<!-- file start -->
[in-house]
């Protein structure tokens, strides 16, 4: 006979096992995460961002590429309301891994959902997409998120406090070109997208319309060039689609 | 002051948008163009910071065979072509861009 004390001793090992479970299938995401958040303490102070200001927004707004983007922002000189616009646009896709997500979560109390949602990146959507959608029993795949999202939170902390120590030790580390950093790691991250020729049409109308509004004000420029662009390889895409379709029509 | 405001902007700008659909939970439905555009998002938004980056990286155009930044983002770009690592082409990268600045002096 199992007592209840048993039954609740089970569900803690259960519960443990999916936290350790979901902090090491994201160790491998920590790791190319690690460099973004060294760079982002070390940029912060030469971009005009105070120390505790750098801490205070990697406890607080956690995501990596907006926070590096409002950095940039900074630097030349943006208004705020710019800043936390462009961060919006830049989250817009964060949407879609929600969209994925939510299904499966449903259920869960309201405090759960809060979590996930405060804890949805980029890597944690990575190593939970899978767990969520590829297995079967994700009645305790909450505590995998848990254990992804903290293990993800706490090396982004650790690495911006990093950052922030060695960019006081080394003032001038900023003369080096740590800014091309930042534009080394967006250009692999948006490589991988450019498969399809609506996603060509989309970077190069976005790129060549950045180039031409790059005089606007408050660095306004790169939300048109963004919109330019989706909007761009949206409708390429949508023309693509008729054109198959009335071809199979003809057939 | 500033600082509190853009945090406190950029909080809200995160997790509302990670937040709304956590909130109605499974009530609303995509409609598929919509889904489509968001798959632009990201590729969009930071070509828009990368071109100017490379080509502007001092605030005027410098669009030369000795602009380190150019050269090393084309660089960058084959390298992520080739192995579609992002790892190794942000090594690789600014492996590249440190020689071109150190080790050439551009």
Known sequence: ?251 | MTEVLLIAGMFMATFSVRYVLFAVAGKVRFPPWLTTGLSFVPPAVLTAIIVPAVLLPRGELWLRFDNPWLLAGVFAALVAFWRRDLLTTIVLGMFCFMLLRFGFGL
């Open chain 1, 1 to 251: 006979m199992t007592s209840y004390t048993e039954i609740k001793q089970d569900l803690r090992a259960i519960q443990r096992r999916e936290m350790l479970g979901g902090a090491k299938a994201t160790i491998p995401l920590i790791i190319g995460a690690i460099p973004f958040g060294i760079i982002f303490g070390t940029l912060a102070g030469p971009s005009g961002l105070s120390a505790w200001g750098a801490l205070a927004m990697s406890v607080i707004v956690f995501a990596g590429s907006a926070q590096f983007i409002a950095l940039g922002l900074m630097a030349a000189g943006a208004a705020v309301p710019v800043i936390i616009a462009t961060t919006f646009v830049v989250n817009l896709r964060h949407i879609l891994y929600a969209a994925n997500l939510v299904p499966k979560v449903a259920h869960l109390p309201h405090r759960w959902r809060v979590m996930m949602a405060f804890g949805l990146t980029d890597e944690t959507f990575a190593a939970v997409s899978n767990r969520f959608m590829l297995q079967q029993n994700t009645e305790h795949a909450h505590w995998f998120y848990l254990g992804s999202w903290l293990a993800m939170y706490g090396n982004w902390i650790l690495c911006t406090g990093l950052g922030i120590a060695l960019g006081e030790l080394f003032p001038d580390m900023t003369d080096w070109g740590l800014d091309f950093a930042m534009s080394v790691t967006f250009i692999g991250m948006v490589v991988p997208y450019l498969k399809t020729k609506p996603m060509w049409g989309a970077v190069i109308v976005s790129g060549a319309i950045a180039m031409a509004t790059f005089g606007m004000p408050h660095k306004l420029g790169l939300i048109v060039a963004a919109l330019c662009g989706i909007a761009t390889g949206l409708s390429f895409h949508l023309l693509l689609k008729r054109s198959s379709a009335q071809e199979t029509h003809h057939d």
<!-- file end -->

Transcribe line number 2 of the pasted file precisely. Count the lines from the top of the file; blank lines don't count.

């Protein structure tokens, strides 16, 4: 006979096992995460961002590429309301891994959902997409998120406090070109997208319309060039689609 | 002051948008163009910071065979072509861009 004390001793090992479970299938995401958040303490102070200001927004707004983007922002000189616009646009896709997500979560109390949602990146959507959608029993795949999202939170902390120590030790580390950093790691991250020729049409109308509004004000420029662009390889895409379709029509 | 405001902007700008659909939970439905555009998002938004980056990286155009930044983002770009690592082409990268600045002096 199992007592209840048993039954609740089970569900803690259960519960443990999916936290350790979901902090090491994201160790491998920590790791190319690690460099973004060294760079982002070390940029912060030469971009005009105070120390505790750098801490205070990697406890607080956690995501990596907006926070590096409002950095940039900074630097030349943006208004705020710019800043936390462009961060919006830049989250817009964060949407879609929600969209994925939510299904499966449903259920869960309201405090759960809060979590996930405060804890949805980029890597944690990575190593939970899978767990969520590829297995079967994700009645305790909450505590995998848990254990992804903290293990993800706490090396982004650790690495911006990093950052922030060695960019006081080394003032001038900023003369080096740590800014091309930042534009080394967006250009692999948006490589991988450019498969399809609506996603060509989309970077190069976005790129060549950045180039031409790059005089606007408050660095306004790169939300048109963004919109330019989706909007761009949206409708390429949508023309693509008729054109198959009335071809199979003809057939 | 500033600082509190853009945090406190950029909080809200995160997790509302990670937040709304956590909130109605499974009530609303995509409609598929919509889904489509968001798959632009990201590729969009930071070509828009990368071109100017490379080509502007001092605030005027410098669009030369000795602009380190150019050269090393084309660089960058084959390298992520080739192995579609992002790892190794942000090594690789600014492996590249440190020689071109150190080790050439551009």